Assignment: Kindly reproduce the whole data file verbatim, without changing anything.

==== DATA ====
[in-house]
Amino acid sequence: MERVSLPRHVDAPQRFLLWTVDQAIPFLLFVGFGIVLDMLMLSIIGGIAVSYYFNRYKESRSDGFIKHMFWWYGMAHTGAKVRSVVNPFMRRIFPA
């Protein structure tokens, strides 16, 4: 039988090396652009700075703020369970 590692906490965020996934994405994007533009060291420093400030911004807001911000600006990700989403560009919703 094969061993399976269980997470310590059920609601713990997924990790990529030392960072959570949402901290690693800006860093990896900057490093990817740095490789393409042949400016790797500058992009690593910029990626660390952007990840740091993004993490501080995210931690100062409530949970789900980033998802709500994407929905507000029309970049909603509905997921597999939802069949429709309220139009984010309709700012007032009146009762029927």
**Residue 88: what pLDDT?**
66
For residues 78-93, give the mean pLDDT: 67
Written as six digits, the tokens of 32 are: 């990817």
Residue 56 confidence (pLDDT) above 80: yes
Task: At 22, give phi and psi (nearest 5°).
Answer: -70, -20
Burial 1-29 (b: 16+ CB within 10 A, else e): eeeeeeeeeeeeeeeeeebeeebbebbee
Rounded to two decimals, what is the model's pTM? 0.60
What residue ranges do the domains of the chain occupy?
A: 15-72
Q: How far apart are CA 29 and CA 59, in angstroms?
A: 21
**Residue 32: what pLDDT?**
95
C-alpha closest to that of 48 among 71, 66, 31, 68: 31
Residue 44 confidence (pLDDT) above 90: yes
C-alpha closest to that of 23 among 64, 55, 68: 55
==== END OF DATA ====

[in-house]
Amino acid sequence: MERVSLPRHVDAPQRFLLWTVDQAIPFLLFVGFGIVLDMLMLSIIGGIAVSYYFNRYKESRSDGFIKHMFWWYGMAHTGAKVRSVVNPFMRRIFPA
């Protein structure tokens, strides 16, 4: 039988090396652009700075703020369970 590692906490965020996934994405994007533009060291420093400030911004807001911000600006990700989403560009919703 094969061993399976269980997470310590059920609601713990997924990790990529030392960072959570949402901290690693800006860093990896900057490093990817740095490789393409042949400016790797500058992009690593910029990626660390952007990840740091993004993490501080995210931690100062409530949970789900980033998802709500994407929905507000029309970049909603509905997921597999939802069949429709309220139009984010309709700012007032009146009762029927």
**Residue 88: what pLDDT?**
66
For residues 78-93, give the mean pLDDT: 67
Written as six digits, the tokens of 32 are: 């990817």
Residue 56 confidence (pLDDT) above 80: yes
Task: At 22, give phi and psi (nearest 5°).
Answer: -70, -20
Burial 1-29 (b: 16+ CB within 10 A, else e): eeeeeeeeeeeeeeeeeebeeebbebbee
Rounded to two decimals, what is the model's pTM? 0.60
What residue ranges do the domains of the chain occupy?
A: 15-72
Q: How far apart are CA 29 and CA 59, in angstroms?
A: 21
**Residue 32: what pLDDT?**
95
C-alpha closest to that of 48 among 71, 66, 31, 68: 31
Residue 44 confidence (pLDDT) above 90: yes
C-alpha closest to that of 23 among 64, 55, 68: 55